“One of the unintended consequences (of doing contracts like James) I feel on behalf of the players is the fact that they end up putting themselves in this position where they’re taking enormous financial risk,” NBA commissioner Adam Silver told cleveland.com. “The system is designed for guys to enter into long term contracts, so, and you can only get so much insurance. So one of the unintended consequences is they take risk beyond what we would like to see them take.

“The other thing is, the system is designed and incentivizes players to stay with the same teams,” Silver said. “At the same time I respect free agency so if they make those decisions to leave, that’s fine too. But as I said, I’d like to talk to the union about maybe modifying the system so there’s a little bit more of an incentive to stay with your existing team.”

Silver sounds like he might be overreacting to a narrow problem — something that might not even be a problem at all.

Not long ago, the NBA had a real problem: Contracts were too long, and raises were too high. Players signed long-term deals, declined over the life of them and became deadweight by the end. Teams were too often strapped with expensive unproductive players, and because those players ate up significant cap room, there wasn’t money left to sign upgrades.

So, the league has pushed to save teams from themselves. Two Collective Bargaining Agreements ago, the max contract length was seven years and max raises were 12.5%. In the previous CBA, it was six years and 10.5%. Now, it’s five years and 7.5%.

Simply, teams aren’t allowed to offer LeBron or Durant enough long-term security where that would trump a one-year deal — especially with the salary cap rising rapidly.

Last year, the salary cap rose 11.0%. This year, it was 34.5%.

The max 7.5% raises — which LeBron and Durant can’t even yet, because without full Bird Rights, they’re limited to 4.5% — won’t cut it. Even if LeBron and Durant are totally committed to staying with their current teams, there’s more money in signing a new contract each year as the max skyrockets in line with the cap. However, that opens the door for a change of heart and leaving in free agency.

The max-salary tiers also encourage 1+1 deals. A player’s max depends on his experience, and it escalates among three tiers: 0-6 years, 7-9 years, 10+ years.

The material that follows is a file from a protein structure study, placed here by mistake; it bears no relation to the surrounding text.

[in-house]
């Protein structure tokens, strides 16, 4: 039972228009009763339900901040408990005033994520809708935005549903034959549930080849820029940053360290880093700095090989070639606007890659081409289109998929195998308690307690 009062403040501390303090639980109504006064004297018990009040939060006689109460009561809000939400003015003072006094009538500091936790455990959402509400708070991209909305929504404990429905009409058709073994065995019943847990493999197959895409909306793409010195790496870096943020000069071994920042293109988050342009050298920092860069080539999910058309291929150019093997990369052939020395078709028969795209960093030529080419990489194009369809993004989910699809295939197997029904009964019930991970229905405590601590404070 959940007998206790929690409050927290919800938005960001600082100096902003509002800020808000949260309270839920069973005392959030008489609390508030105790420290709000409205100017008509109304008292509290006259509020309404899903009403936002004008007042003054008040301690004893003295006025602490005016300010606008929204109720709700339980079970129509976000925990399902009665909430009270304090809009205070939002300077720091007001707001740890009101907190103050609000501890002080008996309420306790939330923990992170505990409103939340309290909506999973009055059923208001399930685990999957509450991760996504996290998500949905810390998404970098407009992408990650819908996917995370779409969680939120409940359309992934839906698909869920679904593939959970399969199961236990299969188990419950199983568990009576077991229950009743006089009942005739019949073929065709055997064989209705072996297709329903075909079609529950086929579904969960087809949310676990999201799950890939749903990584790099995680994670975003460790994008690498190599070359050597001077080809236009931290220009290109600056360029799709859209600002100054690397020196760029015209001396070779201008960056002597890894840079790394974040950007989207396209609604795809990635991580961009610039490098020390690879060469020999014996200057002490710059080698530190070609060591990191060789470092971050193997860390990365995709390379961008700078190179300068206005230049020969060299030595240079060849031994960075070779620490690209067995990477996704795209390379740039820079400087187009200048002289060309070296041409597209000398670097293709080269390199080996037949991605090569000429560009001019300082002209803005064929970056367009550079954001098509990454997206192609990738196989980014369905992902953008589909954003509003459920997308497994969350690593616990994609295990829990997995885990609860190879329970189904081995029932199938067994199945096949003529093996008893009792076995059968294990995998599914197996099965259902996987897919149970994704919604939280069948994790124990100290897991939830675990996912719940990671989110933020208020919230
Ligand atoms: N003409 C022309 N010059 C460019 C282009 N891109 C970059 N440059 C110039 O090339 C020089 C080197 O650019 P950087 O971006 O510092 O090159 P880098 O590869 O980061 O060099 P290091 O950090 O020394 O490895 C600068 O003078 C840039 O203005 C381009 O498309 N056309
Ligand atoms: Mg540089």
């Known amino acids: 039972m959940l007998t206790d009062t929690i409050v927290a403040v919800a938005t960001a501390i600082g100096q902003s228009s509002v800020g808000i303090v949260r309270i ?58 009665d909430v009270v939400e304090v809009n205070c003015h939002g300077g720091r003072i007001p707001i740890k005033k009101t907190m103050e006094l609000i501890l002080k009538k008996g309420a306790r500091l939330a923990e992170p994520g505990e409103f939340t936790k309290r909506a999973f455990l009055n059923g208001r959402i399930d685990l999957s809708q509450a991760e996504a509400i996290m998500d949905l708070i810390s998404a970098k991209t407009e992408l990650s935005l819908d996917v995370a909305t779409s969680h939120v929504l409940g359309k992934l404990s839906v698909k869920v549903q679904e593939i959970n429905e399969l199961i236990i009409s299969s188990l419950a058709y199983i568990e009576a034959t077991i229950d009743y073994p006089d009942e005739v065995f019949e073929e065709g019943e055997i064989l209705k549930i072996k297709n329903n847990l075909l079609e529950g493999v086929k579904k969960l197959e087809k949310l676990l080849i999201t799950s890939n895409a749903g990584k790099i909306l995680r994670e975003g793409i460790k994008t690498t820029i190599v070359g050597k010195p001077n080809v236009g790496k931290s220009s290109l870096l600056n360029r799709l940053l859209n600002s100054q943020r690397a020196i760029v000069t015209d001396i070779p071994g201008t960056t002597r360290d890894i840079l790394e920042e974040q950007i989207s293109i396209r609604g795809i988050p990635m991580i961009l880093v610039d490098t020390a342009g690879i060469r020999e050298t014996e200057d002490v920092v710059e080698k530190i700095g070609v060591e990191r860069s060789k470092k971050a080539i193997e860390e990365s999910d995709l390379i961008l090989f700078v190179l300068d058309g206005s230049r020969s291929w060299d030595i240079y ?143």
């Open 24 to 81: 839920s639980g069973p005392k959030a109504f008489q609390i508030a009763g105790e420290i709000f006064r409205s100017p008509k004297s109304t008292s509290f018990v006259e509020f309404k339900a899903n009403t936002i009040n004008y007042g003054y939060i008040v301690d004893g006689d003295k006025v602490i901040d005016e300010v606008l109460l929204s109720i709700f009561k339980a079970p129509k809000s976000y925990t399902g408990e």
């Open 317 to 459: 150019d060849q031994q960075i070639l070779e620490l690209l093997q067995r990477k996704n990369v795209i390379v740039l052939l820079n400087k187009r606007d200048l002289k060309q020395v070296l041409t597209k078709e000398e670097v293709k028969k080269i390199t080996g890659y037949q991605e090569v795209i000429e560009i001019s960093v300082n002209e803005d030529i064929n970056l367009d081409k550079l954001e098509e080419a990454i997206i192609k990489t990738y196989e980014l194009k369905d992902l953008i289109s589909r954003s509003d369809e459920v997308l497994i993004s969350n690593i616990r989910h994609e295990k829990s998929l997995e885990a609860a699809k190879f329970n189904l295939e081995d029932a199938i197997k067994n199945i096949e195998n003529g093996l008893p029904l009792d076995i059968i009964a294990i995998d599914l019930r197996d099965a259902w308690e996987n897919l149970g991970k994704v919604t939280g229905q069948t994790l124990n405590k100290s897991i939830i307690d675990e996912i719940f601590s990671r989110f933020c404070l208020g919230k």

Imagine the typical max player. He was a first-round pick, so his rookie-scale deal covers his first four seasons. He might sign a five-year max contract extension or max deal as a restricted free agent — which gets him to unrestricted free agency with nine years of experience. If he locks into a long-term deal that summer, he’s stuck with the 7-9 max. Wait one more year, and he can get the 10+ rate.

With both factors — the skyrocketing salary cap and tier system — working together, players are more incentivized than ever to take 1+1 deals.

That won’t remain the case, though.

The salary cap will level off as the new national TV contracts become the norm. There will still be free agents with nine years of experience who could wait one more season to lock in long-term, but that had long been the case, and nobody took a 1+1. LeBron and Durant are as likely to be outliers as trendsetters.

But if other players follow their lead, that’s not so bad. If players sign a new contract annually or even biannually, they’re more likely to be paid in accordance with their production. That’s something owners want.

Owners also want to keep their top players, and 1+1 deals allow for greater player movement. So, I see the downside for teams.

The “solution” would be mandating unguaranteed contracts — players tied to their teams long-term while the team still has the ability to drop the player if he’s not living up to his salary. Of course, that’s almost certainly a non-starter for the union.

In a world of compromise, the current system isn’t as harmful as Silver insinuates.

 

Jeremy Lin stars in Space Jam 3 (video)

1 Comment

LeBron James will reportedly star in Space Jam 2.

Space Jam 3? Jeremy Lin already claimed the top role in a very, um, strange video.